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Good stuff as always Bob!

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Nice write up Bob and others! So what is a good regulator to add to the system? Any links would be great - thanks!

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Again the fuel needs of the car dictate parts of a system. If stock and only ever a mild up tick in power expected and using a stock pump with recirc and "less expensive" dead head regulator may be the ticket.
Something like this:
https://www.summitracing.com/parts/aaf-all40290
It would need to be installed close to the carb.

less expensive again would be a Holley Fuel Pressure Regulators 12-804.

I run a dead head on a 100% upgraded system. It's a now discontinued, Mallory 4207M
https://www.summitracing.com/parts/MAA-4207M

The 1/4" return steel line was removed. The stock steel 3/8" feed line is now used as the return. A new 1/2" Cunifer line is the feed to a large volume RobbMc pump. A Tee in the pumps outfeed line supplied fuel to the regulatory at the carb and also the Tee supplies calibrated fuel returned to the tank via the old 3/8" feed line. And the fuel tank is the FI Spectre tank with a Robbmc 1/2" tank pickup.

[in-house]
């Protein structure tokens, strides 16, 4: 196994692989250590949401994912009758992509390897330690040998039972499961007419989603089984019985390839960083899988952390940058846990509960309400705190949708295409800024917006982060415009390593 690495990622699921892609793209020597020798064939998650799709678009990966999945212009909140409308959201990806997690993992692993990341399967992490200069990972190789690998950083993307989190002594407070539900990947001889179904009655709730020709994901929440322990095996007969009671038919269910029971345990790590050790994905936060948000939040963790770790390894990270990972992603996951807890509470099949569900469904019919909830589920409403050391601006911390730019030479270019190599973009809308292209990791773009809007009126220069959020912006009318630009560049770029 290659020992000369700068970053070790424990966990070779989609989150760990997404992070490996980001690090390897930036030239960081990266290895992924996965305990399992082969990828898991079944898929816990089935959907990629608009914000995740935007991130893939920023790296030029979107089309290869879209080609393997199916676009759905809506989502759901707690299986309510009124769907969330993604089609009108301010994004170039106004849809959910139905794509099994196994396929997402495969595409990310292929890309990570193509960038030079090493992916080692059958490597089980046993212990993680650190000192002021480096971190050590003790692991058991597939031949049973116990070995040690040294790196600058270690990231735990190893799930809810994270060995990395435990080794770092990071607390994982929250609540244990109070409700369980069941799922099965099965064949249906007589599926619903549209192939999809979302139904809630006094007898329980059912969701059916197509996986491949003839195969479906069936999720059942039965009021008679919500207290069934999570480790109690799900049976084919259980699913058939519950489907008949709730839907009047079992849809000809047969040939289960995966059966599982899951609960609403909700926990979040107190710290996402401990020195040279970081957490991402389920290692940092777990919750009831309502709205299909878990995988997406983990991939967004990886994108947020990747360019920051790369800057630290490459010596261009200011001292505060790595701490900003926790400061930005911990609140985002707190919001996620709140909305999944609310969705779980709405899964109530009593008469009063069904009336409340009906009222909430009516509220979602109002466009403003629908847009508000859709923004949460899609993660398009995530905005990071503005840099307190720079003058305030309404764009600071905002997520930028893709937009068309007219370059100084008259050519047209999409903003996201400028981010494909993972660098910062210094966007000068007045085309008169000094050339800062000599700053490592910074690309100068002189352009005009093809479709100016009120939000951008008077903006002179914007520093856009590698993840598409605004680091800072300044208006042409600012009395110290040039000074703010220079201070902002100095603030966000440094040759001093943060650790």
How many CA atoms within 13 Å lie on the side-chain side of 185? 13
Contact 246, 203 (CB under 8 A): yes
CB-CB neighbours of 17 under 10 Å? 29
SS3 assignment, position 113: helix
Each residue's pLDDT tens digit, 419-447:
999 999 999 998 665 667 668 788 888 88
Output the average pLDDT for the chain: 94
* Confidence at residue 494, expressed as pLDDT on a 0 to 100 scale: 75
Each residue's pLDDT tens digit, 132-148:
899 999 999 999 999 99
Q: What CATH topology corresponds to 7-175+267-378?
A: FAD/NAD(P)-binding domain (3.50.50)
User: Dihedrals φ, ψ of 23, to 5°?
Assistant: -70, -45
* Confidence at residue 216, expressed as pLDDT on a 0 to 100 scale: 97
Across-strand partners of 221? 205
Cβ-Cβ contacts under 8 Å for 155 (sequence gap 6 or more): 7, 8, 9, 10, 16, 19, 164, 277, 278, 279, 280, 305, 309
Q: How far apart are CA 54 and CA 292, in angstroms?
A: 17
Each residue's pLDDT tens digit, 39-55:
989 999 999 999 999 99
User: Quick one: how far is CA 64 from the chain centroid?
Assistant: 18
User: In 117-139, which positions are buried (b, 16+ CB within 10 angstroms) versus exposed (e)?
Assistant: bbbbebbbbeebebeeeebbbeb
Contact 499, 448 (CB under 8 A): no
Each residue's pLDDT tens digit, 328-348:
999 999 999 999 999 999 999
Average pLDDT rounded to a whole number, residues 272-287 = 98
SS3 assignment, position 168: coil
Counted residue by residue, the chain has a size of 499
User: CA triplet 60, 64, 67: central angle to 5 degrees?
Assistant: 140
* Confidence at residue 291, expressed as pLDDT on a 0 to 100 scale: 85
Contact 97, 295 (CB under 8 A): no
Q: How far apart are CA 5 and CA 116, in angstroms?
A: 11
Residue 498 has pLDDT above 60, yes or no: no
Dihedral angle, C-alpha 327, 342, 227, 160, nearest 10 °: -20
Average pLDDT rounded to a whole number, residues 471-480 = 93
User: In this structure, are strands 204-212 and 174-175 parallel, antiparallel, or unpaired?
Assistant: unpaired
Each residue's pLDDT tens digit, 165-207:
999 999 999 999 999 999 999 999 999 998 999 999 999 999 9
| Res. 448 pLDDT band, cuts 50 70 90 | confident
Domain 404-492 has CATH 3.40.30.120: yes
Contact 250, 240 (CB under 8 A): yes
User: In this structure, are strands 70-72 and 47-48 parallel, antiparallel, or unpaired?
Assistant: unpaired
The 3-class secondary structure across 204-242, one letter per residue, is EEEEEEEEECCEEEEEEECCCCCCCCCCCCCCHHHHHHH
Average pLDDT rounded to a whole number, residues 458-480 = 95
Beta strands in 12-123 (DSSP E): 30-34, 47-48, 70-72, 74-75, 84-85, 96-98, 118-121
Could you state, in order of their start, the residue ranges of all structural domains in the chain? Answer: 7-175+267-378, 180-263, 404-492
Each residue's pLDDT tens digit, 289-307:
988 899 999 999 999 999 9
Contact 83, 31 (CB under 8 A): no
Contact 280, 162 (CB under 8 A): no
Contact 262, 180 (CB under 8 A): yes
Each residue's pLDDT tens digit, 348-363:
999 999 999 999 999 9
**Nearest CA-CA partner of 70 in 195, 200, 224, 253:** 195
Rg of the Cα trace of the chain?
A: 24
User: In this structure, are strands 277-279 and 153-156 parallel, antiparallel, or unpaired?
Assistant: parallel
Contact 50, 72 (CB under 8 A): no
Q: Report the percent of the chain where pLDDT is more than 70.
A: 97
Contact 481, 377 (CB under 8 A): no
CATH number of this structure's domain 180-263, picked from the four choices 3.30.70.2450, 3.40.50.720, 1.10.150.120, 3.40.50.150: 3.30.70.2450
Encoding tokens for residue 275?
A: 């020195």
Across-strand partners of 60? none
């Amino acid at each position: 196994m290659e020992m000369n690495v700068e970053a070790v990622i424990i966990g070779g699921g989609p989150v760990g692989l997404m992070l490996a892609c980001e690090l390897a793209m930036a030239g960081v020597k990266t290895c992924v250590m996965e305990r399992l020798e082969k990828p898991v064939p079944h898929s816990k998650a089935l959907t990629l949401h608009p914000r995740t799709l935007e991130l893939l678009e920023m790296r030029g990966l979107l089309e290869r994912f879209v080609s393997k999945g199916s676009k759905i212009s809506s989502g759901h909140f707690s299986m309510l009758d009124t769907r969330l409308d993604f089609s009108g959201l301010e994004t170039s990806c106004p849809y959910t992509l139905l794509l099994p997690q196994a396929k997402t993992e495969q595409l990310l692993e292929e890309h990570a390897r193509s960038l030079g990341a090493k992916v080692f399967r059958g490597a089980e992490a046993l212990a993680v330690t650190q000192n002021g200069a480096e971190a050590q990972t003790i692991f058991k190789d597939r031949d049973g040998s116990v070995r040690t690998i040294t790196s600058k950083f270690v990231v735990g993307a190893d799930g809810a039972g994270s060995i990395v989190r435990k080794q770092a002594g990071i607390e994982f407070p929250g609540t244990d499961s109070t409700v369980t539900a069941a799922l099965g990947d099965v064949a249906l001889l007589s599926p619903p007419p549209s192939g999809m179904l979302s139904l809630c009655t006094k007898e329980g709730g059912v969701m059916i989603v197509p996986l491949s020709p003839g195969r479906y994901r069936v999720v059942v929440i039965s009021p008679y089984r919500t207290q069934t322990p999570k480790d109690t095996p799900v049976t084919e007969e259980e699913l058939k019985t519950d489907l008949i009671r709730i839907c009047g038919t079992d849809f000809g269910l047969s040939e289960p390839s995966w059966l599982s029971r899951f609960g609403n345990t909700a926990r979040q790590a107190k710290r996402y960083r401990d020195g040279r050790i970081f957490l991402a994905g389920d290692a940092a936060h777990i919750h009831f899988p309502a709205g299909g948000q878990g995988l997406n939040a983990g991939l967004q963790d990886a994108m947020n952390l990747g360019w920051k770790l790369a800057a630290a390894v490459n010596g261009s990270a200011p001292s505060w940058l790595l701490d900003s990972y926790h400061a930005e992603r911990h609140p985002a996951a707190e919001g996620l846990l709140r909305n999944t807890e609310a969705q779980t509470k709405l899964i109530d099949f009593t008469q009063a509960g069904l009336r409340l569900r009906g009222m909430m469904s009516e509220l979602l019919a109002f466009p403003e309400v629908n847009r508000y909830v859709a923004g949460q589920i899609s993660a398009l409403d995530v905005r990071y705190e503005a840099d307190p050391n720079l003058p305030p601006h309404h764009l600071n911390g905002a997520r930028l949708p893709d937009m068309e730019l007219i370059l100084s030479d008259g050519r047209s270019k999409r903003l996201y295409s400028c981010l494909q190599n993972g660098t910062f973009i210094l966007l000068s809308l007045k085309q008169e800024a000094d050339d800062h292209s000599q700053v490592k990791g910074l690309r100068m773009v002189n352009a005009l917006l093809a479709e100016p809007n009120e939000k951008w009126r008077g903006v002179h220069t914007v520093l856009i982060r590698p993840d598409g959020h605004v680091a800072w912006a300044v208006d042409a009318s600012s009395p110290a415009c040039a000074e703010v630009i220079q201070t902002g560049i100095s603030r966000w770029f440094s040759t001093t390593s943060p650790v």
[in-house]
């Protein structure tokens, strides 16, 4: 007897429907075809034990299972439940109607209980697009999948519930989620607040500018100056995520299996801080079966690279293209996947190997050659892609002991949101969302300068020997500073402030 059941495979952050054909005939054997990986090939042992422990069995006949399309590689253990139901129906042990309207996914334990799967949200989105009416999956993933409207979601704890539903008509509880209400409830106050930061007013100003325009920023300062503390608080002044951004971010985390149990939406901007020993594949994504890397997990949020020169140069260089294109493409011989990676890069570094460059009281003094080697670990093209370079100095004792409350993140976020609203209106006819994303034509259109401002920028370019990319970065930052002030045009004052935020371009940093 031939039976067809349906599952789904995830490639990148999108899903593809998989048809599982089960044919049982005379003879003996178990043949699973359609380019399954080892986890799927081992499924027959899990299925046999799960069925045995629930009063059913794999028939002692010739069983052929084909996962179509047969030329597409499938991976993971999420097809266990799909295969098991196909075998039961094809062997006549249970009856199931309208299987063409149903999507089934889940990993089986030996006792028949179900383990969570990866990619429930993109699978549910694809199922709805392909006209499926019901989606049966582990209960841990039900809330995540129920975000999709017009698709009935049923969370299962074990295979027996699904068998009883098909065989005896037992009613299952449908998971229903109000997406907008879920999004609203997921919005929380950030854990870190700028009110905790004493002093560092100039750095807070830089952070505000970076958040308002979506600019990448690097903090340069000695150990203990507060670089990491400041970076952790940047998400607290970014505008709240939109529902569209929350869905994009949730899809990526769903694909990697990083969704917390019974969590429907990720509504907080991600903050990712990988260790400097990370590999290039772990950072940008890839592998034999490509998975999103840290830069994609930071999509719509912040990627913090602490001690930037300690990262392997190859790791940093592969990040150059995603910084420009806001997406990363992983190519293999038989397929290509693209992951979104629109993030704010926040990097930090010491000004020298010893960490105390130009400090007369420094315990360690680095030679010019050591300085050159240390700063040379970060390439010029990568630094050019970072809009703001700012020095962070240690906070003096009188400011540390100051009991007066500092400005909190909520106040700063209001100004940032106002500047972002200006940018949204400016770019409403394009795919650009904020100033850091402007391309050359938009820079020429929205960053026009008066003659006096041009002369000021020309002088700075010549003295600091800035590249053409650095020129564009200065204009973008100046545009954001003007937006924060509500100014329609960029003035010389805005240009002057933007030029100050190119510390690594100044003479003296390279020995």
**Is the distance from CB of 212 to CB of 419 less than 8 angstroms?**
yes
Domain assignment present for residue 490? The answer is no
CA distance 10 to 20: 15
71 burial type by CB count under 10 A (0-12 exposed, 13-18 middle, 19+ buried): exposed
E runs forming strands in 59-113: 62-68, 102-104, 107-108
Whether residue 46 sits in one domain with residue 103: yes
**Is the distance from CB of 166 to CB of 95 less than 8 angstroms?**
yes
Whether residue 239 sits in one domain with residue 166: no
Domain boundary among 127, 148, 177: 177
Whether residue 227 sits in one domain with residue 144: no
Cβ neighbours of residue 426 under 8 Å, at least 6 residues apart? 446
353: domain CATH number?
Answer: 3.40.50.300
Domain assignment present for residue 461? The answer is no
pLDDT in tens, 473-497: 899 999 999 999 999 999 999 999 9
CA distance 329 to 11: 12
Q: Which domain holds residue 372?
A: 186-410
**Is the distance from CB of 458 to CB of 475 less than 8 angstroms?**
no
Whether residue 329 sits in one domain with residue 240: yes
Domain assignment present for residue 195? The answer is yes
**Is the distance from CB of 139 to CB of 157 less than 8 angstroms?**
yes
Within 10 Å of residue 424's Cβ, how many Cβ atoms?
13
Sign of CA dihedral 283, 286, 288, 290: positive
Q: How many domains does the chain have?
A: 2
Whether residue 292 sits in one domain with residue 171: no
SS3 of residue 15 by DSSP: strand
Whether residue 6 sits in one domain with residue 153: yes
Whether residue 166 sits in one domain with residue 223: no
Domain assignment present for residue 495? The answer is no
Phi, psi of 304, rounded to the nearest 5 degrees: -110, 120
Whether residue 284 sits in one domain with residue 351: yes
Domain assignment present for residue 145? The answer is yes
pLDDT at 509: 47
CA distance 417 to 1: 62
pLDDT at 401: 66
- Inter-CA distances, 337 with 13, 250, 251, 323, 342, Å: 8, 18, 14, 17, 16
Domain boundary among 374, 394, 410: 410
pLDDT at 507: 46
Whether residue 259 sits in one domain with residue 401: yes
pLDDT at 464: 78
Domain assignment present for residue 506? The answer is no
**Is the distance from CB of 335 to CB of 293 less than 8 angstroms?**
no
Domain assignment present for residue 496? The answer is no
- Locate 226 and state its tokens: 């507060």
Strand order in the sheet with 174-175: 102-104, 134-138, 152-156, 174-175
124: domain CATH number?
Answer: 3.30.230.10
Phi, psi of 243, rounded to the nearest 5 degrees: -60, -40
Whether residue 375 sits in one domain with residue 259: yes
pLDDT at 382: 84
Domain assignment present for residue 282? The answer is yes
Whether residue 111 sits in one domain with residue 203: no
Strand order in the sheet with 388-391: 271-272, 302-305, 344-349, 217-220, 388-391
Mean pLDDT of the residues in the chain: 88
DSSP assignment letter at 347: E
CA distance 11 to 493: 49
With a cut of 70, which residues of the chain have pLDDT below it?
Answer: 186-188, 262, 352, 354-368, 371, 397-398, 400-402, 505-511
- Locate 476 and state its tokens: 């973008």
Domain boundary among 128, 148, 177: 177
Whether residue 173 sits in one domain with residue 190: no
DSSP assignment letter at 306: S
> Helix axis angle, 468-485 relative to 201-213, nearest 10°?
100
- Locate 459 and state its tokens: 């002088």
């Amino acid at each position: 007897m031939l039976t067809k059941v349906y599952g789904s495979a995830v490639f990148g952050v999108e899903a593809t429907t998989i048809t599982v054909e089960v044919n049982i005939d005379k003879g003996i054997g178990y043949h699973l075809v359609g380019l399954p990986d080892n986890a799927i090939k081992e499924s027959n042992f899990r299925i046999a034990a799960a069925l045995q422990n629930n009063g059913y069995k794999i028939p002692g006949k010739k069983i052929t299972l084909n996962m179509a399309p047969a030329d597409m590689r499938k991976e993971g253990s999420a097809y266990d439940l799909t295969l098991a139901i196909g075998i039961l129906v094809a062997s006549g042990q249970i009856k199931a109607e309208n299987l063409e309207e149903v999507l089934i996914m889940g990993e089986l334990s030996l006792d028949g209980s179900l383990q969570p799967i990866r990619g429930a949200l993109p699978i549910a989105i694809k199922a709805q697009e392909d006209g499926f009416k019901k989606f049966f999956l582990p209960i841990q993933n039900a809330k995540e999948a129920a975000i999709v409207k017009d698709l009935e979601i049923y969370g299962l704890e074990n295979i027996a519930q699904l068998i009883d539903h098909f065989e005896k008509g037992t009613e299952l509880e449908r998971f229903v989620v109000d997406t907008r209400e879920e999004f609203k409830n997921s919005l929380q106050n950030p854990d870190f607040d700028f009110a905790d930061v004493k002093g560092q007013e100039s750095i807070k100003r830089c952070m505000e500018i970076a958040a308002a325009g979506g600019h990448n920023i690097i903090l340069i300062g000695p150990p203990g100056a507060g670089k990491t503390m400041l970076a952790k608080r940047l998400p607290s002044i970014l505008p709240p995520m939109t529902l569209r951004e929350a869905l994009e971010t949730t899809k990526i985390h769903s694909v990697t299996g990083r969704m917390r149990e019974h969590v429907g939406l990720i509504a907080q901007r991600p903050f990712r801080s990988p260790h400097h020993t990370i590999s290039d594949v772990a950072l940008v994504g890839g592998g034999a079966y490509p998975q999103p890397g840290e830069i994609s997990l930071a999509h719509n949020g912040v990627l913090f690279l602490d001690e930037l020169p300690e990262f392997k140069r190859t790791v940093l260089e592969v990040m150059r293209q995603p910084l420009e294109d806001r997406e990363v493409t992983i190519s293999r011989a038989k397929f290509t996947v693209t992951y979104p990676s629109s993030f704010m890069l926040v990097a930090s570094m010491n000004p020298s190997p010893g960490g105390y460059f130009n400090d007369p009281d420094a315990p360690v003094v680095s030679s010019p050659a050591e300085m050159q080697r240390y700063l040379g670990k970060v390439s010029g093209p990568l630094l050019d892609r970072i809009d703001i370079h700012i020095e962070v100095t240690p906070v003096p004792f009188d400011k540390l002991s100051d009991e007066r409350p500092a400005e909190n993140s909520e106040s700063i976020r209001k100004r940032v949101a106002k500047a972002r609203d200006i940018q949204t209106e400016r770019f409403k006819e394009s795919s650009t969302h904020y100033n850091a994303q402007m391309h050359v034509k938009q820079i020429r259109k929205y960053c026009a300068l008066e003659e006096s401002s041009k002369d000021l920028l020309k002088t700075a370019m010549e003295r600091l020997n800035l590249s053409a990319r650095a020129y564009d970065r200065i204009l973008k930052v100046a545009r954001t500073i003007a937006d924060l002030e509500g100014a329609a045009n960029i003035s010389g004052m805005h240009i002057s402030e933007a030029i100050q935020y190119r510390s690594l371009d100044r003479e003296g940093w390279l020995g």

A constant 6.0 psi is supplied to the Qjet carb and a constant return flow to the tank keeps the fuel cold.

The system was build so IF anything that required large amounts of fuel was installed the lines and their flow could handle the chore. At a meager 500hp the engine never starves for fuel. The car vapor locked one day at the drags on a 90+ day and the new system was the result of that. Has never had a fuel delivery problem since.

Nozzle drip should be another topic of discussion. Several possible causes and may be want you are experiencing with this engine.
Bob




Last edited by mmc427ss; 07/27/22 06:12 AM.
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Nozzle drip in Qjets is often caused by having the throttle blades open too far at idle.

Also GM used to offer a emission legal 350 swap kit for LG4s and L69s for F bodies. Part of the kit included an elecrtic in tank fuel pump and a return type regulator than bolted to where the mechanical fuel pump used to go. This is the same kit that the ZZ4 Proms came from.

Last edited by Buick Runner; 07/27/22 10:53 PM.

SBC powered 1987 Regal with TES headers, ZZ4 intake, ZZ4 PROM chip, mini starter, THM2004R, 2500 stall converter, 2040 cam, CCC system, and 3.73 posi rear.

2008 ex NPS P71 Crown Victoria, cop motor, cop shocks, cop brakes, and Jmod.

Never argue with an idiot.
They will just drag you down to their level and beat you with experience.